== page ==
TRUMP PRAISES WEST: President Donald Trump is thanking Kanye West after the rapper talked about his support for Trump during an appearance Thursday on ABC's "Jimmy Kimmel Live!"
"Thank you to Kanye West and the fact that he is willing to tell the TRUTH," Trump said in a tweet from his Bedminster, New Jersey, golf course Friday evening. "It is making a big difference."
But the appearance wasn't all positive.
West was notably silent on the show when he was asked why he thinks the president cares about black people.
West was discussing his support for Trump and questioning why people go after the president instead of trying "love" when Kimmel pointed to the policy that separated families caught crossing the border illegally.
"You've so famously and so powerfully said 'George Bush doesn't care about black people,' it makes me wonder what makes you think that Donald Trump does, or any people at all?" Kimmel asked.
West considered the question, sitting silently without answering before Kimmel took a commercial break.
Kimmel had earlier asked West if he was worried about his wife, Kim Kardashian West, being alone with the president in the Oval Office during a recent visit.
The rapper replied that Trump "is a player," drawing laughs.
MAN LINKED TO TV STAR FOUND DEAD: Authorities are investigating the suspected overdose death at Trump Tower of a man romantically linked to reality TV personality Bethenny Frankel.
A spokeswoman for the New York City medical examiner's office has identified the man as Dennis Shields.
The 51-year-old Shields had been known for being the on-again, off-again boyfriend of Frankel, who gained fame as a star of "The Real Housewives of New York City."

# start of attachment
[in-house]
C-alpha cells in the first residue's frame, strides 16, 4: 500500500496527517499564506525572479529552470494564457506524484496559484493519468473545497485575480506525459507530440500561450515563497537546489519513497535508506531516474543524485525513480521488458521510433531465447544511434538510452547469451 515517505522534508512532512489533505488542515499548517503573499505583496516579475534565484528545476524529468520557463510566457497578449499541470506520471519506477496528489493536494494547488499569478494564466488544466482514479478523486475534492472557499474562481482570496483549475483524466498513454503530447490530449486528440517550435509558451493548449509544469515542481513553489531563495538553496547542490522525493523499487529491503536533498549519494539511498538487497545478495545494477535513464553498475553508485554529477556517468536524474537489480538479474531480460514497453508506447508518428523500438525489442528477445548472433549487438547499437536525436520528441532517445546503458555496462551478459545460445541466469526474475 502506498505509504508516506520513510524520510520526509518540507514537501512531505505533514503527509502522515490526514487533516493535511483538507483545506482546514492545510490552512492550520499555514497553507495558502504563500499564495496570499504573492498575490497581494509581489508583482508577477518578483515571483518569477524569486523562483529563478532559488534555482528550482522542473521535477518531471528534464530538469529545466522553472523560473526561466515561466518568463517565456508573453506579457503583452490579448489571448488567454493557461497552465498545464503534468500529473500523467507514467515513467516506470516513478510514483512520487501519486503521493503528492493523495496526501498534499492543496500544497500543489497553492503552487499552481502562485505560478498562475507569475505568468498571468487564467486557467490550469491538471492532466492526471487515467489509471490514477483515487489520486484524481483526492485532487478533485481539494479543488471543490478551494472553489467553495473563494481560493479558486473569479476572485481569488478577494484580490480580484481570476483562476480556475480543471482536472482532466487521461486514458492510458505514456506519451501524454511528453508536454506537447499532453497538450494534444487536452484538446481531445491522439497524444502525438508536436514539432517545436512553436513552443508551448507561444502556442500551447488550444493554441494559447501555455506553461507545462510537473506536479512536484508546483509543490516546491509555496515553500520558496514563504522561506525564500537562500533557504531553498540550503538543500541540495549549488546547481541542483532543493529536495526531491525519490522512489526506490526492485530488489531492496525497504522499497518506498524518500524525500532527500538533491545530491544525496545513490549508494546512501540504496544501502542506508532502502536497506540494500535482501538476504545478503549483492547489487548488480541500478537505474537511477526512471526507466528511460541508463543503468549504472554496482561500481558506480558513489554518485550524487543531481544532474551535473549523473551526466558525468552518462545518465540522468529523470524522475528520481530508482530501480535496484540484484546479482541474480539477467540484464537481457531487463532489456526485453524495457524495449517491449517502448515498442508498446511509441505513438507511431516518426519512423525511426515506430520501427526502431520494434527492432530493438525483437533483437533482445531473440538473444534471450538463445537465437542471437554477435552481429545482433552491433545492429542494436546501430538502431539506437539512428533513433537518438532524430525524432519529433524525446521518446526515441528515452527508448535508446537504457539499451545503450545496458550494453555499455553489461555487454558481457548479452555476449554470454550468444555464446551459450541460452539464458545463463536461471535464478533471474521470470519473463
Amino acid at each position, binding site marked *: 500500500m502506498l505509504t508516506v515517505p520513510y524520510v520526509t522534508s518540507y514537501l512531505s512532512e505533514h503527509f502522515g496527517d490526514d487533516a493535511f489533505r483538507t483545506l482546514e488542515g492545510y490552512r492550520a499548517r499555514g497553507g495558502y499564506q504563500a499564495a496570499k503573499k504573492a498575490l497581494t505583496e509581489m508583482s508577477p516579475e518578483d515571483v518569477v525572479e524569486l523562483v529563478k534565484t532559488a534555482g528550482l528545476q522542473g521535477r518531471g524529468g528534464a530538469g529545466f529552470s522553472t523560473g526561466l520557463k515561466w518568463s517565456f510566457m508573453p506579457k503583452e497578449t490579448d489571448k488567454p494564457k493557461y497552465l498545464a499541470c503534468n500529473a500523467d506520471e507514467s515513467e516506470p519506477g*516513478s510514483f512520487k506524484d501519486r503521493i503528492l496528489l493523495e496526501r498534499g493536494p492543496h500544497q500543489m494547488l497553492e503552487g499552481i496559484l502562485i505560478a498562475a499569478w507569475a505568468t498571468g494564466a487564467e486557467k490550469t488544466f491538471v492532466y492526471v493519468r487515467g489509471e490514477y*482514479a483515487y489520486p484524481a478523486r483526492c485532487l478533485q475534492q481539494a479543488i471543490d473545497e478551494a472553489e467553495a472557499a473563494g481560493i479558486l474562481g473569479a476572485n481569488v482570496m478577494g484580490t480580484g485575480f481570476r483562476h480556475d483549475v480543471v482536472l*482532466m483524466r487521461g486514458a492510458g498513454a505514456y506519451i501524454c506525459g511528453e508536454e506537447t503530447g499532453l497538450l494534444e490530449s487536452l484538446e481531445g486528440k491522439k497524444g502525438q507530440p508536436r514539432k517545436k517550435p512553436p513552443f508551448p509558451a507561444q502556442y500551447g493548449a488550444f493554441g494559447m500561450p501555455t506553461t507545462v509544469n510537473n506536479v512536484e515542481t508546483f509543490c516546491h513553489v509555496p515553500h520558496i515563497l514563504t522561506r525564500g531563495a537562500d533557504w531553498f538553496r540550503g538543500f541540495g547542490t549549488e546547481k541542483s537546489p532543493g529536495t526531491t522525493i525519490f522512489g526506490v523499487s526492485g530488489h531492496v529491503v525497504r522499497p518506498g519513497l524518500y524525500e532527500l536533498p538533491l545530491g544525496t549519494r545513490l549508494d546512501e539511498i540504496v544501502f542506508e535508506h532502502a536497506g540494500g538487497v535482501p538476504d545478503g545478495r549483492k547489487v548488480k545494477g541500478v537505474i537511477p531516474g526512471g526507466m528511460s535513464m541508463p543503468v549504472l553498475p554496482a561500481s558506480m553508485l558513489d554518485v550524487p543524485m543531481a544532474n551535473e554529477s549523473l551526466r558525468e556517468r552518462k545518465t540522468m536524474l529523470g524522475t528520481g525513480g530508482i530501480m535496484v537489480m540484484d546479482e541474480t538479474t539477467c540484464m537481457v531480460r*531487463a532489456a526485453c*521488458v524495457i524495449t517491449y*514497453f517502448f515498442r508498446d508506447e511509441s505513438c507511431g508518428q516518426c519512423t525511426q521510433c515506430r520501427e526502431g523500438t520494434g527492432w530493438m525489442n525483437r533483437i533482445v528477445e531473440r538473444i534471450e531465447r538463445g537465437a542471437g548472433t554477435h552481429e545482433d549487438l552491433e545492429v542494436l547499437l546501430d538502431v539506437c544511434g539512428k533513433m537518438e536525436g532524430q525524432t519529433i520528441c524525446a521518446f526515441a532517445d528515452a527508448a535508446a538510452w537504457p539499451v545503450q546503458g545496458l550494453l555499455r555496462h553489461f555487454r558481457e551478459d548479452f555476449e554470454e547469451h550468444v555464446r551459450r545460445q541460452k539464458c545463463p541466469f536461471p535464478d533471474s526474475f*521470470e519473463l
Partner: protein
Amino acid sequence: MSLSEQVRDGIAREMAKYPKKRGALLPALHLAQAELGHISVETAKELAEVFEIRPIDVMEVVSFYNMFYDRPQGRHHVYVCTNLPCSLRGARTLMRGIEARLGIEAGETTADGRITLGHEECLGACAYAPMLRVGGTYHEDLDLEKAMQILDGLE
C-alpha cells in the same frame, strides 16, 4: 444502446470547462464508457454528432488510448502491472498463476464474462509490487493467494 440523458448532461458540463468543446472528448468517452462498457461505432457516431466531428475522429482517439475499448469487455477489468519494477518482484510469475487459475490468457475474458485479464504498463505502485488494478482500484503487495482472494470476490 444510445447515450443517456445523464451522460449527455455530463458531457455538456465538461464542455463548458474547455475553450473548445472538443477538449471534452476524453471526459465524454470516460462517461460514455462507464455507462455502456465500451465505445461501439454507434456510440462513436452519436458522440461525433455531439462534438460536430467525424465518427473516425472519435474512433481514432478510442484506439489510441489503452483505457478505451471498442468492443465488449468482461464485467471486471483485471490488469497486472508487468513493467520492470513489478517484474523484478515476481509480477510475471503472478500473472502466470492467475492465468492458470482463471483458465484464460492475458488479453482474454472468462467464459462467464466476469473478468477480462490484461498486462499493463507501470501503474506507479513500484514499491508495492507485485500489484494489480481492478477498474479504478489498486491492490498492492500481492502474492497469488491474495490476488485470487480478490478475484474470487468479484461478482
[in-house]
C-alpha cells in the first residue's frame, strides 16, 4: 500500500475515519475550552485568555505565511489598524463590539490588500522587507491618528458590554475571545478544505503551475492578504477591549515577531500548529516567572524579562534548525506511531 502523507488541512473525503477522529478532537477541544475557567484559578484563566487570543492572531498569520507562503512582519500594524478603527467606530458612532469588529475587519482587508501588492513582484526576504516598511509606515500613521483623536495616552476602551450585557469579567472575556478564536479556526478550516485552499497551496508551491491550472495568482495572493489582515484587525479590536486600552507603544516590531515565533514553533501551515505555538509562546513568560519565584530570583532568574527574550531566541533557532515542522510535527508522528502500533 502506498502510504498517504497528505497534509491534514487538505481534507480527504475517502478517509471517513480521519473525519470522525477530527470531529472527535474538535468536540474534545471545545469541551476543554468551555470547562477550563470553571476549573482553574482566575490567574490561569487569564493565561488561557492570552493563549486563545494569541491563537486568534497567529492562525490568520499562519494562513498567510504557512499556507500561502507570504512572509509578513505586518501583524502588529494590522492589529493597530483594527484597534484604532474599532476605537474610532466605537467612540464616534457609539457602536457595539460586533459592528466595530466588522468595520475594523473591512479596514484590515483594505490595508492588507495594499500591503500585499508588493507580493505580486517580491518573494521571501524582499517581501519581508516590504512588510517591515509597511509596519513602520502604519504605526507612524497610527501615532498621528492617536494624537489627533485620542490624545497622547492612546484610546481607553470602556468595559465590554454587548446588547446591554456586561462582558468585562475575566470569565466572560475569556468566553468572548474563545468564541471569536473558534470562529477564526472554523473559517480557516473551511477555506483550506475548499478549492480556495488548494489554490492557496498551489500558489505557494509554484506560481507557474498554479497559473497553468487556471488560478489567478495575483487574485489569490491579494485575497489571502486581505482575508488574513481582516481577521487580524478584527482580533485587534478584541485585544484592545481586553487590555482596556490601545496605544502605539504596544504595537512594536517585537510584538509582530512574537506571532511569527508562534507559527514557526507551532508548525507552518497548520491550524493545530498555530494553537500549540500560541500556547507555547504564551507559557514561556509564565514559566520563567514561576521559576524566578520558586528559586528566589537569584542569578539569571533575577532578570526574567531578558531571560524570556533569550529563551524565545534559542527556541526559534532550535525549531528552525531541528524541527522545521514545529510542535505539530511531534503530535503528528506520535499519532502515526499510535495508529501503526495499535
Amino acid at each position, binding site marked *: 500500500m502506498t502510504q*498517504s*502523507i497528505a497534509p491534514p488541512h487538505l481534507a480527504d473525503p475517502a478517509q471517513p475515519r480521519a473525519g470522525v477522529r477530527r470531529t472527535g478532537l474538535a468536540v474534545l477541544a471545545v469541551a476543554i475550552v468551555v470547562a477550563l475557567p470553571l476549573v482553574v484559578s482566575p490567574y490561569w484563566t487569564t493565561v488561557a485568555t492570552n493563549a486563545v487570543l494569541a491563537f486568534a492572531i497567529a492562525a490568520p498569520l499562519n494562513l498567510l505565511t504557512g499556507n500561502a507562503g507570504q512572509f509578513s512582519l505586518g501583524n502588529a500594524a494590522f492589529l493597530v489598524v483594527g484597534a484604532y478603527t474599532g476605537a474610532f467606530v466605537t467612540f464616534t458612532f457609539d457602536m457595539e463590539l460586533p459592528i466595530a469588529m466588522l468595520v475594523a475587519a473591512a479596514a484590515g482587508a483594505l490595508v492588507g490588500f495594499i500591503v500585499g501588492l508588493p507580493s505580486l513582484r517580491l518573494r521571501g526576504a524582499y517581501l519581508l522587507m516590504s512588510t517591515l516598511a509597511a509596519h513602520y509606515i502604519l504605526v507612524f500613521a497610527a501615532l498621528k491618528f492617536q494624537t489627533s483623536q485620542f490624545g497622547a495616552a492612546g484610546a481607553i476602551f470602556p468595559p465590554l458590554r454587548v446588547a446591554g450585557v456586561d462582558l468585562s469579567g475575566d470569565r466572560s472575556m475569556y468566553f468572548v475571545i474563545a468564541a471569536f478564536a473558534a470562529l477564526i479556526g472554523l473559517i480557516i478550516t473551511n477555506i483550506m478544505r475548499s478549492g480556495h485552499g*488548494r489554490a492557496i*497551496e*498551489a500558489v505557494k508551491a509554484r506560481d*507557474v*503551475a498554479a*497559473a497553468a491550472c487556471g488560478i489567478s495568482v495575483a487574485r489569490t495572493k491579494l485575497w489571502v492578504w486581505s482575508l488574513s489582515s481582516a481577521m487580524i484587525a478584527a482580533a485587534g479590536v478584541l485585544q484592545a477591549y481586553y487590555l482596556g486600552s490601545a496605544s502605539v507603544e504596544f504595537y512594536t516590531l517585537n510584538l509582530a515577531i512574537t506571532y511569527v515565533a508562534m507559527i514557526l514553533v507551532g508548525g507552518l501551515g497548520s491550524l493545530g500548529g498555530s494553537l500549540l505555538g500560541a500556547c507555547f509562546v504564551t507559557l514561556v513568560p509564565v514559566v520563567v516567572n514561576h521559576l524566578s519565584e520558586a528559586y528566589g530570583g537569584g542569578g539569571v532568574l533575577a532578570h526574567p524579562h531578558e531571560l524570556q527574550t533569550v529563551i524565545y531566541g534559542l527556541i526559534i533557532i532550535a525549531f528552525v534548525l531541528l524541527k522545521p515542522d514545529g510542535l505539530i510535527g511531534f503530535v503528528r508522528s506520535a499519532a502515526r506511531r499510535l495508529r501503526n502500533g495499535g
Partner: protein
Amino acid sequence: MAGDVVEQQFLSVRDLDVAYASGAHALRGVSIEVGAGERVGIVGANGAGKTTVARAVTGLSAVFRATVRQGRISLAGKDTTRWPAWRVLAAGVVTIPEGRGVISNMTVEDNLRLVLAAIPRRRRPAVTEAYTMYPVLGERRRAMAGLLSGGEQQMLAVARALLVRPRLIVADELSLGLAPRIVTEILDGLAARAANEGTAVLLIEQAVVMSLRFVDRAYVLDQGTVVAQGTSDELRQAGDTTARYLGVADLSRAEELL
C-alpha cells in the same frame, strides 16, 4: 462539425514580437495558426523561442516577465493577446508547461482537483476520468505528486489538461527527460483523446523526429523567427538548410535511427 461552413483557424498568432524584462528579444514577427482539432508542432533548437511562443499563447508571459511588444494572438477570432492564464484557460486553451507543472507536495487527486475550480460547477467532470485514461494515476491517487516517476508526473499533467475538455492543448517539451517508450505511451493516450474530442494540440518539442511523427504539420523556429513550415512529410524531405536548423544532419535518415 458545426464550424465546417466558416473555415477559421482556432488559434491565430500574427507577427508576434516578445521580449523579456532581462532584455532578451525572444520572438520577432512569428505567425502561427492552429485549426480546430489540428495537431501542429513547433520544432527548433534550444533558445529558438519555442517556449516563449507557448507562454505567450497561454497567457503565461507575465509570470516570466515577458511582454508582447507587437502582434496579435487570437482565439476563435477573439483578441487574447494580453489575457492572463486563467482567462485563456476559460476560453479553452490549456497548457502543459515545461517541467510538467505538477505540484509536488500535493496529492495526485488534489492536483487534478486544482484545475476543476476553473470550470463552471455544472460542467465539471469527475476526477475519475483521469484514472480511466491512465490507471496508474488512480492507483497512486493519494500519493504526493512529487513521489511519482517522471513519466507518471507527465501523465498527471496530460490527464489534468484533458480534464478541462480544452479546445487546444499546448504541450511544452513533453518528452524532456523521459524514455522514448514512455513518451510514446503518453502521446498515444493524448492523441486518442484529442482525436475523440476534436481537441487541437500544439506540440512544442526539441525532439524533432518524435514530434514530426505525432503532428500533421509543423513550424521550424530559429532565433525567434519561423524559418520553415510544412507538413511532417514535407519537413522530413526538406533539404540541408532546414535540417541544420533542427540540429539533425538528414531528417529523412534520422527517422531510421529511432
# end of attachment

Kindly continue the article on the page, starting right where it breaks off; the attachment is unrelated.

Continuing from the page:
Police responding to a 911 call say they discovered the body shortly after 9 a.m. on Friday at President Donald Trump's high-rise on Fifth Avenue.
An emergency medical service team pronounced Shields dead at the scene.
Frankel went to high school with Shield's estranged wife.
HONORING CHARLES NEVILLE: Charles Neville, the legendary saxophone player for the Neville Brothers, is being honored by an annual music festival in Massachusetts.
The fifth Springfield Jazz & Roots Festival that opens Saturday has been designated a living monument to Neville, who died in April at age 79.
The festival was co-founded by Neville's wife, Kristin Neville.
After Hurricane Katrina devastated the Nevilles' home city of New Orleans, Kristin worked with musicians and nonprofits there to help get artists back on their feet. Struck by the historical, cultural, and economic parallels between the two river cities, she was inspired to establish the Springfield festival.
Springfield's mayor will offer a proclamation and the family will pause the program for a ceremonial moment and to dedicate the festival's main stage in Charles Neville's name.
HUNGER STRIKE: Russia's prison system is contradicting claims about the worsening condition of Oleg Sentsov, a Ukrainian filmmaker imprisoned on a terrorism conviction who has been on a hunger strike for 90 days.
Sentsov is demanding that he and 64 other Ukrainians who he considers political prisoners be released. The case has attracted considerable international attention, with Western nations campaigning for his release.
His lawyer Dmitry Dinze said this week that Sentsov has become increasingly frail and now has a low hemoglobin level.
The Federal Penitentiary Service said in a statement Saturday that Sentsov is being given a nutritious formula daily and "as of today, no deficit in body mass or worsening of his health has been observed."
Sentsov, an opponent of Russia's 2014 annexation of Crimea, was sentenced to 20 years in 2015.